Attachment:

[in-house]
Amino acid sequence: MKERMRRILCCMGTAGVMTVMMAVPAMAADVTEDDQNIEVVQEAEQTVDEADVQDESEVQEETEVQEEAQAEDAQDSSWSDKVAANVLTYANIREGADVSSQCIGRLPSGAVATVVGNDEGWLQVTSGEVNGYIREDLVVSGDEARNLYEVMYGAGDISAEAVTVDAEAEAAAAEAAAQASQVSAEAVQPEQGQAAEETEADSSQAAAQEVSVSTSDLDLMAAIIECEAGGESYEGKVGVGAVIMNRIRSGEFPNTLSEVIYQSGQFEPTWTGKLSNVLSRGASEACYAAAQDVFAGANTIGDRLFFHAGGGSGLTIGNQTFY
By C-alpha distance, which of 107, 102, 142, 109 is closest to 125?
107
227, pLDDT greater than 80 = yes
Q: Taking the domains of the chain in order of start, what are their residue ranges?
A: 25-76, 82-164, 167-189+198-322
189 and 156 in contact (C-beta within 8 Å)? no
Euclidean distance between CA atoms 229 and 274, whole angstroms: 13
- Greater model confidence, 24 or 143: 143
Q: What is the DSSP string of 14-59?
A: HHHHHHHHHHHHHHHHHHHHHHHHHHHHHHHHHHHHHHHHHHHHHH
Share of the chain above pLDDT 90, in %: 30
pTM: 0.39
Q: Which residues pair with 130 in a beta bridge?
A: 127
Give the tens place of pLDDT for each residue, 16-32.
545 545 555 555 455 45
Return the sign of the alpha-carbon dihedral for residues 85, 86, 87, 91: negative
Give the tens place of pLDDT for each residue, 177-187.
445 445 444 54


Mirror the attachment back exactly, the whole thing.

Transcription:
[in-house]
Amino acid sequence: MKERMRRILCCMGTAGVMTVMMAVPAMAADVTEDDQNIEVVQEAEQTVDEADVQDESEVQEETEVQEEAQAEDAQDSSWSDKVAANVLTYANIREGADVSSQCIGRLPSGAVATVVGNDEGWLQVTSGEVNGYIREDLVVSGDEARNLYEVMYGAGDISAEAVTVDAEAEAAAAEAAAQASQVSAEAVQPEQGQAAEETEADSSQAAAQEVSVSTSDLDLMAAIIECEAGGESYEGKVGVGAVIMNRIRSGEFPNTLSEVIYQSGQFEPTWTGKLSNVLSRGASEACYAAAQDVFAGANTIGDRLFFHAGGGSGLTIGNQTFY
By C-alpha distance, which of 107, 102, 142, 109 is closest to 125?
107
227, pLDDT greater than 80 = yes
Q: Taking the domains of the chain in order of start, what are their residue ranges?
A: 25-76, 82-164, 167-189+198-322
189 and 156 in contact (C-beta within 8 Å)? no
Euclidean distance between CA atoms 229 and 274, whole angstroms: 13
- Greater model confidence, 24 or 143: 143
Q: What is the DSSP string of 14-59?
A: HHHHHHHHHHHHHHHHHHHHHHHHHHHHHHHHHHHHHHHHHHHHHH
Share of the chain above pLDDT 90, in %: 30
pTM: 0.39
Q: Which residues pair with 130 in a beta bridge?
A: 127
Give the tens place of pLDDT for each residue, 16-32.
545 545 555 555 455 45
Return the sign of the alpha-carbon dihedral for residues 85, 86, 87, 91: negative
Give the tens place of pLDDT for each residue, 177-187.
445 445 444 54